#366 from Innovative Leader Volume 7, Number 10          October 1998

101 Secrets Of Leadership
by Gary A. Crow, Ph.D.

Dr. Crow is Executive Director at Lorain County Children Services in Elyria, OH (phone 440-329-5340; email gcrow@ohio.net.

Moving to the head of the line comes through hard work, good luck, and the careful application of intuition and well-developed political horse sense. How can you move into a leadership position on your own initiative, understanding that being the boss and being a leader are not necessarily the same, and often are not?

Start your journey by thinking about people you know who stand out from the crowd, people who are certifiable class acts, people who everyone sees as leaders. What makes them different? First, they are originals. Their style and approach with people and situations are their trademarks. Second, they are not on-again, off-again. They are always uniquely themselves. Third, they usually make it seem easy and natural. Take a closer look and youíll appreciate how hard they work at it. They consciously and purposely do everything they do, with style, all the time, on time, one situation at a time, one relationship at a time, one person at a time.

Genuine leadership isnít grounded in flashy clothes, gestures of affection, superficial interest, staged behavior, or anything else that serves only to call attention to you. Itís grounded in commitment, sincerity, and personal integrity. Itís the stuff from which admiration flows, the special ingredient that sets the interpersonal standard that others aspire to follow. Itís the brand of interpersonal excellence exemplified by those who have carefully cultivated their skills and techniques over time. They may not be born leaders but have certainly learned to lead.

The leadership bottom line is integrity; and following the lead of people who have it is your best path toward the head of the line. If your bottom line is integrity and youíre committed to sticking to the high road with everyone, every time, youíre ready to learn these 101 secrets of leadership (below). What's more, youíre ready to join those at the head of the line in your company or organization.

Since 101 of anything is a lot to remember, use this strategy to develop your personal leadership enhancement guide. Beside each of the numbers, put a 3, 2, or 1. "3" means that this secret is one you know well and follow consistently. "2" means that this secret is one you understand but apply on an on-again, off-again basis. "1" means that this secret isnít a strong area for you and is one where you need to get better at practicing what you preach.

"But these aren't secrets," you say? "I already knew all of this stuff." Well, good for you.

I thought that since I seldom see people who apply most of these techniques and strategies conscientiously and consistently on a day-to-day basis, they must be well-kept secrets. At the same time, I do have the pleasure of seeing the elite few who apply the secrets every day, every time, and with everyone. Those are, of course, also the people who rise to the upper limits of leadership. While most people know better than they do, the leadership superstars are busy doing as well as they know, conscientiously and consistently.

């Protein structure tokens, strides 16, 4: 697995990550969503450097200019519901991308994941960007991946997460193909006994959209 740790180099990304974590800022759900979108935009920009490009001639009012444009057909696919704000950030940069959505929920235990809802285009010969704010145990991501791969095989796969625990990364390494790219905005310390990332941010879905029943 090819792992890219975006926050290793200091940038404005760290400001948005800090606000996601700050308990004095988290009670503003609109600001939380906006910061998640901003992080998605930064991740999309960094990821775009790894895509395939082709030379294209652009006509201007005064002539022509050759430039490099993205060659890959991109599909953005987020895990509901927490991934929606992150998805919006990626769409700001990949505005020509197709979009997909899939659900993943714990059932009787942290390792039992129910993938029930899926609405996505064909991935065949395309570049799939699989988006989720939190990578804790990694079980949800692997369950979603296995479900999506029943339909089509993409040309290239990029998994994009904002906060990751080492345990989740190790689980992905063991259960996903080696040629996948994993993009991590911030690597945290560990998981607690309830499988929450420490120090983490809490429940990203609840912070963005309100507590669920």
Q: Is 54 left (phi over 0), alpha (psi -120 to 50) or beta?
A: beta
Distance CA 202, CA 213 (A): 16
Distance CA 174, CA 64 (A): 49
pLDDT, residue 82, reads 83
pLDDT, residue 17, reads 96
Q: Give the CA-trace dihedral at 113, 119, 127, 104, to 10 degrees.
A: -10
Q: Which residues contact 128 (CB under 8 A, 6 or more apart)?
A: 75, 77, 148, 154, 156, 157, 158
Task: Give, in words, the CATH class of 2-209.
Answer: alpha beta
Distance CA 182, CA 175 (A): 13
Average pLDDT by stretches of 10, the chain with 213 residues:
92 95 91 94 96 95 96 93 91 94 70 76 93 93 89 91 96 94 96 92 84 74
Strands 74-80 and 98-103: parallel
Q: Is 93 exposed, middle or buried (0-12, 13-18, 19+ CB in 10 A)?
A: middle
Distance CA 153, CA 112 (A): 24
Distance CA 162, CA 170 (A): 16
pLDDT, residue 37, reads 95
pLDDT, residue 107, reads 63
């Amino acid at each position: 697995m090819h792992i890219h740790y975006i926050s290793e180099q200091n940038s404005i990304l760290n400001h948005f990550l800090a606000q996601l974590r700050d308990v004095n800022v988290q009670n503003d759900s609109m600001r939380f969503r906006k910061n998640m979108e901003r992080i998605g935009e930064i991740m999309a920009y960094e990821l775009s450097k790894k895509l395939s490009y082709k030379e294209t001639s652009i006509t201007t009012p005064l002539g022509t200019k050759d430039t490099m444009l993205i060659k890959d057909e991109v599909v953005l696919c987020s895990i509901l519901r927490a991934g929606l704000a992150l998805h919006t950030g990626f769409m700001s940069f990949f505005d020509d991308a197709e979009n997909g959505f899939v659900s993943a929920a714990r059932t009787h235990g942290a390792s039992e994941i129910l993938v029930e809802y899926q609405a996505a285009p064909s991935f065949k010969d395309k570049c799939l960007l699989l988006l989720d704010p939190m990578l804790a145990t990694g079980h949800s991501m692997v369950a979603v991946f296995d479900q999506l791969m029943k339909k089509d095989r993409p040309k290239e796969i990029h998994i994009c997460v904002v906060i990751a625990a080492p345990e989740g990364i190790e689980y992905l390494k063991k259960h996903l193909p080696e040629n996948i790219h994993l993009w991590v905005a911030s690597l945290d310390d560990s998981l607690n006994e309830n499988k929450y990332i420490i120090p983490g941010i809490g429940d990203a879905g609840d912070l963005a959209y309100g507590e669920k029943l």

I will now leave you alone to ponder these 101 secrets but will offer a small suggestion before I go. You may be tempted to concentrate your efforts mostly on those secrets where you rate yourself with a "1." Youíll strengthen your weaknesses. That would be a mistake. Instead, put most of your energy into keeping the "3's" consistently at the "3" level and some energy into raising the "2's" to "3's." Youíll be surprised to see that the "1's" begin to improve with little or no specific attention. That's another secret about leaders. They know what they do well and spend virtually all of their time doing it. They gradually find that they have followers to show them how to do the things they don't do well or do them for them. Their followers donít expect them to be perfect. They only expect their leader to do what he or she does well and to do it every time, in every situation, with everyone, no excuses, no exceptions. Sure, it's a heavy responsibility; but youíll see that it is well worth the effort when one day you unexpectedly find yourself at the head of the line.


     __ 1. Understand and champion your company's mission.

     __ 2. Value your company's customers and products.

     __ 3. See company goals as personal action steps.

     __ 4. Be responsive to the needs and interests of customers.

     __ 5. Understand your roles with others, where and how you fit in.

     __ 6. Work within the scope of your responsibilities and authority.

     __ 7. Follow company policies and procedures.

     __ 8. See how your duties/responsibilities relate to other areas of your company.

     __ 9. Understand your company's budget, financial reports, and other management data.

     __ 10. Question the decisions or actions of others you think may cause problems or jeopardize operations.

     __ 11. Respect the confidentiality of team discussions and problem-solving activities.

     __ 12. Support management when you or your co-workers are unhappy with policies and decisions.

     __ 13. Do not pass your frustrations and negative opinions down-the-line to others.

     __ 14. Bring the same energy and commitment to your responsibilities when things arenít going well as you do when they are.

     __ 15. Learn and grow as a participant in your organization from week-to-week.

     __ 16. Accurately understand and value your skills and limitations.

     __ 17. Be well organized and prepared when handling any responsibility.

     __ 18. Handle every task in a timely manner.

     __ 19. Take personal responsibility when you see something that needs done and no one is doing it.

     __ 20. Pitch in and work a little harder, do a little more whenever the opportunity presents itself.

     __ 21. Invest most of your time and energy in taking care of business.

     __ 22. Keep your focus primarily on whatís working, on whatís going well in your company.

     __ 23. Focus most of your attention and energy on how to get ideas to work and away from why they wonít work.

     __ 24. Donít hold yourself out as the standard for how others should think, feel, and behave.

     __ 25. Assume people believe what they say, and donít intentionally misrepresent anything.

     __ 26. Understand and remember that people seldom complain when there isnít a real


     __ 27. Stay open to ideas and suggestions of others.